DDoS stands for Distributed Denial of Service.
This is a type of cyber attack that targets critical systems and destroys services or network connections, causing a denial of service to users of the targeted resource. DDoS attacks harness the processing power of multiple malware-infected computers to target a single system.
Called as the computer leading the attack, the Botmaster works in three main ways.
This is a shocking example of the main DDoS attacks that took place.
According to the Verisign Q1 2018 DDoS Trends Report, the average maximum attack size increased by 26% during the reported period. According to Neustar's related research, such attacks can present a risk of more than $ 250,000 per hour.
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Understanding the most common types of attacks is essential to protect yourself against DDoS.
Types of DDoS Attacks and How They Work
The most common DDoS attack overwhelms a machine's network bandwidth by flooding the machine with bogus requests for data on all open ports available to the device. As the bot floods the data on the port, the machine has to continually deal with the verification of malicious data requests, leaving no room for legitimate traffic. UDP floods and ICMP floods are two main forms of volume attacks.
UDP stands for User Datagram Protocol and refers to sending data without verifying its integrity. The UDP format is suitable for high speed data transfer, but unfortunately it is an important tool for attackers.
ICMP stands for Internet Control Message Protocol and refers to network devices that communicate with each other. Attacks that focus on ICMP are based on attacking nodes that send false error requests to their targets. The target has to handle these requests, and since a UDP attack works, it cannot respond to actual requests.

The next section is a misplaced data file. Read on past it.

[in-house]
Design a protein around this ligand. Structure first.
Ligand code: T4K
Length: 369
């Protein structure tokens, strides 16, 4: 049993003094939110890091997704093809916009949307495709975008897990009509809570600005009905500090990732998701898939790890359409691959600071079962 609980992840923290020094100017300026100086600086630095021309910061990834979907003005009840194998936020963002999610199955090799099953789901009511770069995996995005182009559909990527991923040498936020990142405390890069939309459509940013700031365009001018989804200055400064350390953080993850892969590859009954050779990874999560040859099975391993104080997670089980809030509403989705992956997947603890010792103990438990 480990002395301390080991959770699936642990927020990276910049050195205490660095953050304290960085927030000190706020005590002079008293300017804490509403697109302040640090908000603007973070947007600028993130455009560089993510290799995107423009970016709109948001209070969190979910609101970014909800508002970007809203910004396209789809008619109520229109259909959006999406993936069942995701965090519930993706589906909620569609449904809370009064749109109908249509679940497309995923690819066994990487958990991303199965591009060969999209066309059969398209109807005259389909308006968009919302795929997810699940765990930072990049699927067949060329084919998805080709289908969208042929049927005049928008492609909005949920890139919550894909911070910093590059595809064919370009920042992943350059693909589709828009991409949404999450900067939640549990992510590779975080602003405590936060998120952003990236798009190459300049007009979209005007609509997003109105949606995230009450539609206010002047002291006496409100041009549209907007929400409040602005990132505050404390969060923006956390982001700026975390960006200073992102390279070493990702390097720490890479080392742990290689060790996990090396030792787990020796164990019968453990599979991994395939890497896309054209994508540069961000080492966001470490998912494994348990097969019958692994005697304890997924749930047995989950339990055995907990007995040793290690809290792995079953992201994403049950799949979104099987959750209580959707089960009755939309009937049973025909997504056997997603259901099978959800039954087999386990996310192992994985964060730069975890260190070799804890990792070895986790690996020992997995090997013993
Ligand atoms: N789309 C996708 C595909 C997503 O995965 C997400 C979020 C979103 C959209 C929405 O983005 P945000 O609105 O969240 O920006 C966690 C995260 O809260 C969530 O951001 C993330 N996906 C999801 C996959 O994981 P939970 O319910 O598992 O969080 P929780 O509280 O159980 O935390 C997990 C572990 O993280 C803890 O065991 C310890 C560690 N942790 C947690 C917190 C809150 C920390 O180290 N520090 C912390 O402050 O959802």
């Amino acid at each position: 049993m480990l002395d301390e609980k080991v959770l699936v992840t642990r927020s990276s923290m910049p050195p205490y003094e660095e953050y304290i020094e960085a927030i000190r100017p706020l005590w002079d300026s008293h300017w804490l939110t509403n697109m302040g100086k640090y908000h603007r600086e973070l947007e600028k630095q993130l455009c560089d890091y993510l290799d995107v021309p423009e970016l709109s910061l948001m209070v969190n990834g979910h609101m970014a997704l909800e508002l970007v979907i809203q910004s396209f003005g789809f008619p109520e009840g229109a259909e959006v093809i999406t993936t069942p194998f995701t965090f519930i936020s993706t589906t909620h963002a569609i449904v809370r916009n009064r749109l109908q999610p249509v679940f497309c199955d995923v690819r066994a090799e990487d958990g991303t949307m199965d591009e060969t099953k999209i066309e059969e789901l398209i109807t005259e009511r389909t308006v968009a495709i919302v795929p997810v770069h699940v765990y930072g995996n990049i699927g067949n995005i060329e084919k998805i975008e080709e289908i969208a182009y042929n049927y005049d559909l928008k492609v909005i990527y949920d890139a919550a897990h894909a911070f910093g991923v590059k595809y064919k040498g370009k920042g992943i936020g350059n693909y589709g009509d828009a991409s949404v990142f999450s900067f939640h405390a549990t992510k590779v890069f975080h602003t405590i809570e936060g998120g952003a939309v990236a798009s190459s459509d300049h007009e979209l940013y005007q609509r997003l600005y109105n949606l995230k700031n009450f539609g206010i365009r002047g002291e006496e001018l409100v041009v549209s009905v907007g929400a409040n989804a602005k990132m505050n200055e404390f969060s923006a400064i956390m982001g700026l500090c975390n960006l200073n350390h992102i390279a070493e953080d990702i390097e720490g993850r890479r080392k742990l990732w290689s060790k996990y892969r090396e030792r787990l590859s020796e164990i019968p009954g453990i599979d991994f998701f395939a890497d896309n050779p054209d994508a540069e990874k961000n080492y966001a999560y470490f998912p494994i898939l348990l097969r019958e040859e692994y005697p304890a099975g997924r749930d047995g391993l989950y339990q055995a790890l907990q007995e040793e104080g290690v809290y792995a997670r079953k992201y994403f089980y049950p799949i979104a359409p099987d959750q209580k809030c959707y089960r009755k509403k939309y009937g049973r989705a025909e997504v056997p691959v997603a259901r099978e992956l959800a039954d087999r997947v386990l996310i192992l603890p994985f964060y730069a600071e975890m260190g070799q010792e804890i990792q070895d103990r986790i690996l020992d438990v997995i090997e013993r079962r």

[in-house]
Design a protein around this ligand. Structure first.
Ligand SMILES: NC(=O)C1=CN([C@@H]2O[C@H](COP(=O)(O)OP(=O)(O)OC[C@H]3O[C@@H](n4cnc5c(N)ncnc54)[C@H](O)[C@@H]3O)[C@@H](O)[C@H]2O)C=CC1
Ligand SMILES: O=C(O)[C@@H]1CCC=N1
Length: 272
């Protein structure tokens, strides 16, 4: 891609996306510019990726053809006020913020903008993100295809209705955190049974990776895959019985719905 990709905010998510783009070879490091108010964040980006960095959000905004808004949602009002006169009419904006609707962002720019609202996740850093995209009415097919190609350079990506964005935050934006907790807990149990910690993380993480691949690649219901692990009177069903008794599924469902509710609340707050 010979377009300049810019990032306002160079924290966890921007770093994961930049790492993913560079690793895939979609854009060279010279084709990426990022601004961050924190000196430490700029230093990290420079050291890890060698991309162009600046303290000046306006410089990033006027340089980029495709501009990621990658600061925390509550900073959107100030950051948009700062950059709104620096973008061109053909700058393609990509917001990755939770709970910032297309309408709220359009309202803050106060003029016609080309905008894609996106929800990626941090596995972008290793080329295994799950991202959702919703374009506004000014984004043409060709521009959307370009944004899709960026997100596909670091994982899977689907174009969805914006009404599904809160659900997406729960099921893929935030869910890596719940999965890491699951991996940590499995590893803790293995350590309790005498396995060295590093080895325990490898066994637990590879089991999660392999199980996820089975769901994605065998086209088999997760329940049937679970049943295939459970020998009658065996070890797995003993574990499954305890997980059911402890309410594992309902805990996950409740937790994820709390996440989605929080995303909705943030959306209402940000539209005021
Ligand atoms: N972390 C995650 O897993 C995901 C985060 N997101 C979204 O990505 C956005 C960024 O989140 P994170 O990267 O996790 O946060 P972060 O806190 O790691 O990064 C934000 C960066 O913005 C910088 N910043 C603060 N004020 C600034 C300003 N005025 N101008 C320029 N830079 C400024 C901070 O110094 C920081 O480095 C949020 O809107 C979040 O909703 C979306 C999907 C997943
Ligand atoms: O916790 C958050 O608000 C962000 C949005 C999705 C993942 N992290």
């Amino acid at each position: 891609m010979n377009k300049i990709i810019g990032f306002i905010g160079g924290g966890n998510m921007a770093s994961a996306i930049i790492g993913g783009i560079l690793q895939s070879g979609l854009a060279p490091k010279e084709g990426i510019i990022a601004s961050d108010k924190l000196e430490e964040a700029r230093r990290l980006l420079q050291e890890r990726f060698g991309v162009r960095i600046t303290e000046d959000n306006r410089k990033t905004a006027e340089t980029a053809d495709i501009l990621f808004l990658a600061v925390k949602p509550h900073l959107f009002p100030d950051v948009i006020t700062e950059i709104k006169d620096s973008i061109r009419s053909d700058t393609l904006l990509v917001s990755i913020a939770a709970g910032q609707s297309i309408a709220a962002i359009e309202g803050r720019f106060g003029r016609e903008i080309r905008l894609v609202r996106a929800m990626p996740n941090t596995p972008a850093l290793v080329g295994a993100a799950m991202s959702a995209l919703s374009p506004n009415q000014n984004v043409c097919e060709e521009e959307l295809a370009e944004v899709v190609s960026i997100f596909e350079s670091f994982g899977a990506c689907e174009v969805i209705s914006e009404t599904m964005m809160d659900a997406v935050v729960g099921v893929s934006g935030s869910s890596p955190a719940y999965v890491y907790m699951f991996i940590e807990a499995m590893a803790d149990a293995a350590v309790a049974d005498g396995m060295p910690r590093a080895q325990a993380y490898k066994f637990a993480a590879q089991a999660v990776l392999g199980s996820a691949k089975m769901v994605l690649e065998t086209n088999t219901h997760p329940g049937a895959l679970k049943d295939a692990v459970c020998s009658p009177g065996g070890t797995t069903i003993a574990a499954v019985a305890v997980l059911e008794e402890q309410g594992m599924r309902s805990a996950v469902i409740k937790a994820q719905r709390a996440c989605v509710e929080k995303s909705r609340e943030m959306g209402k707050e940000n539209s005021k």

Application Layer Attack
The application layer is the top layer of the OSI network model and the layer closest to user interaction with the system. Attacks that exploit the application layer primarily target direct web traffic. Potential means include HTTP, HTTPS, DNS, or SMTP.
Application layer attacks generally use a small number of machines, and sometimes a single machine, so they are not easy to catch. Therefore, it can trick the server into treating the attack as a large amount of legitimate traffic.
Protocol attacks focus on damage to the connection table in the network area, which directly addresses the verification of connections. By sending a slow ping, a deliberately malformed ping, and a partial packet in a row, the attacking computer could overload the target's buffers and crash the system. Protocol attacks can also attack firewalls. That is why firewalls alone cannot stop denial of service attacks.
One of the most common protocol attacks is SYN flooding. It uses a 3-way link process to establish a TCP / IP connection. Typically, the client sends a SYN (synchronization) packet, receives an SYN-ACK (synchronization confirmation), and returns an ACK before establishing the connection. During the attack, the client sends only SYN packets, so the server sends an SYN-ACK and waits for the final phase to occur. This ties up the network resources.
Hackers often combine these three approaches to attack targets on multiple fronts, completely overwhelming defenses until more comprehensive and powerful countermeasures are implemented.